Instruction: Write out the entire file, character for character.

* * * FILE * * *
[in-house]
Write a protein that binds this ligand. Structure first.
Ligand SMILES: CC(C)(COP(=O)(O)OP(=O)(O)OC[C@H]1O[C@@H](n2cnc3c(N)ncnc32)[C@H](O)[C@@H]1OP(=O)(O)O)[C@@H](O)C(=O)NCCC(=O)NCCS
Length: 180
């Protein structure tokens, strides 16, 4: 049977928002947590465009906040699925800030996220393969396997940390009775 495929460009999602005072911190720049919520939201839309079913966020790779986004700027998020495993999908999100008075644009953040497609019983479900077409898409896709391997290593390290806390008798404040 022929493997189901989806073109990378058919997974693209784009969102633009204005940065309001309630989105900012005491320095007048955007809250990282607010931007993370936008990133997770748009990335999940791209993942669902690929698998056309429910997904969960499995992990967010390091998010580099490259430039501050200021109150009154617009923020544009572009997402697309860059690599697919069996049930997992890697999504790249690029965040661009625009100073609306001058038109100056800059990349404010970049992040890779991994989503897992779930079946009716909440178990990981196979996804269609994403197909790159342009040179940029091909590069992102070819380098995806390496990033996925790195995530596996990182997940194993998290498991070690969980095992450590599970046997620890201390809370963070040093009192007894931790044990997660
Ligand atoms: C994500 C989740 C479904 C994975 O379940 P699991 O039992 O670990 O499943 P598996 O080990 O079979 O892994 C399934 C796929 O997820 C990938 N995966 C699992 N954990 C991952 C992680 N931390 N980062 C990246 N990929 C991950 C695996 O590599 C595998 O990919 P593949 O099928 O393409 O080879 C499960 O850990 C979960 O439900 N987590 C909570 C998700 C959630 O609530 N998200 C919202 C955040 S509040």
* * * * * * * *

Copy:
[in-house]
Write a protein that binds this ligand. Structure first.
Ligand SMILES: CC(C)(COP(=O)(O)OP(=O)(O)OC[C@H]1O[C@@H](n2cnc3c(N)ncnc32)[C@H](O)[C@@H]1OP(=O)(O)O)[C@@H](O)C(=O)NCCC(=O)NCCS
Length: 180
């Protein structure tokens, strides 16, 4: 049977928002947590465009906040699925800030996220393969396997940390009775 495929460009999602005072911190720049919520939201839309079913966020790779986004700027998020495993999908999100008075644009953040497609019983479900077409898409896709391997290593390290806390008798404040 022929493997189901989806073109990378058919997974693209784009969102633009204005940065309001309630989105900012005491320095007048955007809250990282607010931007993370936008990133997770748009990335999940791209993942669902690929698998056309429910997904969960499995992990967010390091998010580099490259430039501050200021109150009154617009923020544009572009997402697309860059690599697919069996049930997992890697999504790249690029965040661009625009100073609306001058038109100056800059990349404010970049992040890779991994989503897992779930079946009716909440178990990981196979996804269609994403197909790159342009040179940029091909590069992102070819380098995806390496990033996925790195995530596996990182997940194993998290498991070690969980095992450590599970046997620890201390809370963070040093009192007894931790044990997660
Ligand atoms: C994500 C989740 C479904 C994975 O379940 P699991 O039992 O670990 O499943 P598996 O080990 O079979 O892994 C399934 C796929 O997820 C990938 N995966 C699992 N954990 C991952 C992680 N931390 N980062 C990246 N990929 C991950 C695996 O590599 C595998 O990919 P593949 O099928 O393409 O080879 C499960 O850990 C979960 O439900 N987590 C909570 C998700 C959630 O609530 N998200 C919202 C955040 S509040």